Siblings and parents of children with neurodevelopmental disorders are at risk of mental health problems and poorer family communication. Some group interventions for siblings exist, but few have clearly described parent components and none are considered evidence-based.
We are conducting a randomized controlled trial comparing a five-session manual-based group intervention for siblings (aged 8 to 16 years) and parents of children with neurodevelopmental disorders to a 12-week waitlist, called SIBS-RCT. The intervention comprises three separate sibling and parent group sessions and two joint sessions in which each sibling talks to their parent alone. The intervention aims at improving parent-child communication and covers themes such as siblings’ understanding of the neurodevelopmental disorder, siblings’ emotions, and perceived family challenges. Participants are recruited through municipal and specialist health centers across Norway. The primary outcome is sibling mental health. Quality of life and family communication are secondary outcomes. Participants are block-randomized to the intervention or 12-week waitlist in groups of six. Measures are collected electronically at pre- and post-intervention/waitlist, as well as 3, 6, and 12 months post-intervention. The main effect to be examined is the difference between the intervention and waitlist at 12 weeks post. All outcomes will also be examined using growth curve analyses. We plan to include 288 siblings and their parents by the end of 2022.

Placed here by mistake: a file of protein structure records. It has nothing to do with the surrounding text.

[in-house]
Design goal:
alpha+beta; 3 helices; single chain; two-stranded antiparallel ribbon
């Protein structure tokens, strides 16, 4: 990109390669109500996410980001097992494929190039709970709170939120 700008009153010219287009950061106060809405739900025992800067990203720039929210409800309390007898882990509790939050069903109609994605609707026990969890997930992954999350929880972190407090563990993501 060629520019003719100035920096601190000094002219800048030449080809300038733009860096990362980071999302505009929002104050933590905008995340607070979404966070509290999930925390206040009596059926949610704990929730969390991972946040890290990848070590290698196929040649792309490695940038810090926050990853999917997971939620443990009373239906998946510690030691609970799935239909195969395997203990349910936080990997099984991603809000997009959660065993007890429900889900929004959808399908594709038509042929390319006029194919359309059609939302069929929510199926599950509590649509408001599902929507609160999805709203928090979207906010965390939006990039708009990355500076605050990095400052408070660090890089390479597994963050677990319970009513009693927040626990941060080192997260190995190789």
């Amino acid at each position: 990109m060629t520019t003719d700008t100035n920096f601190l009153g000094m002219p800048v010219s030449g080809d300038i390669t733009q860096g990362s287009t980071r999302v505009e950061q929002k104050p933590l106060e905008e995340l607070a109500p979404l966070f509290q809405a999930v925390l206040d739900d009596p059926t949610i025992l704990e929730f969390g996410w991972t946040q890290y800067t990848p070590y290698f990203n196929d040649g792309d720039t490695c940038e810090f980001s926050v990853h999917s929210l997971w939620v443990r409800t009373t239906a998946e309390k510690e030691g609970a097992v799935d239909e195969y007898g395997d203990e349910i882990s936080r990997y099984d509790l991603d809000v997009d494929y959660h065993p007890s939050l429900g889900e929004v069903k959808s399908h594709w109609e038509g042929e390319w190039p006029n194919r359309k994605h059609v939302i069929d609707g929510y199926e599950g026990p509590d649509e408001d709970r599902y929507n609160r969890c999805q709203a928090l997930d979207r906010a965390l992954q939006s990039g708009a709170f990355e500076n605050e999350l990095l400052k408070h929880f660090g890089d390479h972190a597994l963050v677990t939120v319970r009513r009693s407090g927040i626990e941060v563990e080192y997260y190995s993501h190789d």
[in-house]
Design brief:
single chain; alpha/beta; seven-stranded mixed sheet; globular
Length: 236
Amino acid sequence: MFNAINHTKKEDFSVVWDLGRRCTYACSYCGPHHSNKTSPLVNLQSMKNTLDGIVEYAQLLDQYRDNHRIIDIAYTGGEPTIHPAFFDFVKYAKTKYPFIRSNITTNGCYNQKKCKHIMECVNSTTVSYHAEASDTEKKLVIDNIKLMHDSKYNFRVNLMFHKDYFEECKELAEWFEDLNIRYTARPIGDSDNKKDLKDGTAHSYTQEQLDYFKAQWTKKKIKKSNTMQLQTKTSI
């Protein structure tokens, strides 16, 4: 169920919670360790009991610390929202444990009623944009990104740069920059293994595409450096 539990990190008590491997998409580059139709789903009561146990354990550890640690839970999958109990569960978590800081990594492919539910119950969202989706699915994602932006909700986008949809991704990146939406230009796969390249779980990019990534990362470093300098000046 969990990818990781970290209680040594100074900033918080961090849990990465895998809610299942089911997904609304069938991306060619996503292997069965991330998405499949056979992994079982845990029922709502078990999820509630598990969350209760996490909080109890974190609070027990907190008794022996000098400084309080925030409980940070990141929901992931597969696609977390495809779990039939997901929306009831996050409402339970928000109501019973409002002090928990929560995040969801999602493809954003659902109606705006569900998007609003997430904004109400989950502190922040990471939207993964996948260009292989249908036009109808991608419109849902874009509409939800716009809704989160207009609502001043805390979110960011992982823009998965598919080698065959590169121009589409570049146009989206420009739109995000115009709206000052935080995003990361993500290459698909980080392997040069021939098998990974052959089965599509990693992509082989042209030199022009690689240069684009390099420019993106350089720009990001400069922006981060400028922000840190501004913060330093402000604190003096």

SIBS-RCT represents a major contribution to the research and practice field towards establishing an evidence-based intervention for siblings. In the event that intervention and waitlist are no different, the impact of SIBS-RCT is still substantial in that we will aim to identify participant subgroups that show positive response and effective components of the SIBS manual by examining group leader adherence as an outcome predictor. This will allow us to continue to re-engineer the SIBS manual iteratively to improve outcomes, and avoid the promotion of a less-than-optimal intervention.
ClinicalTrials.gov NCT04056884. Registered in August 2019
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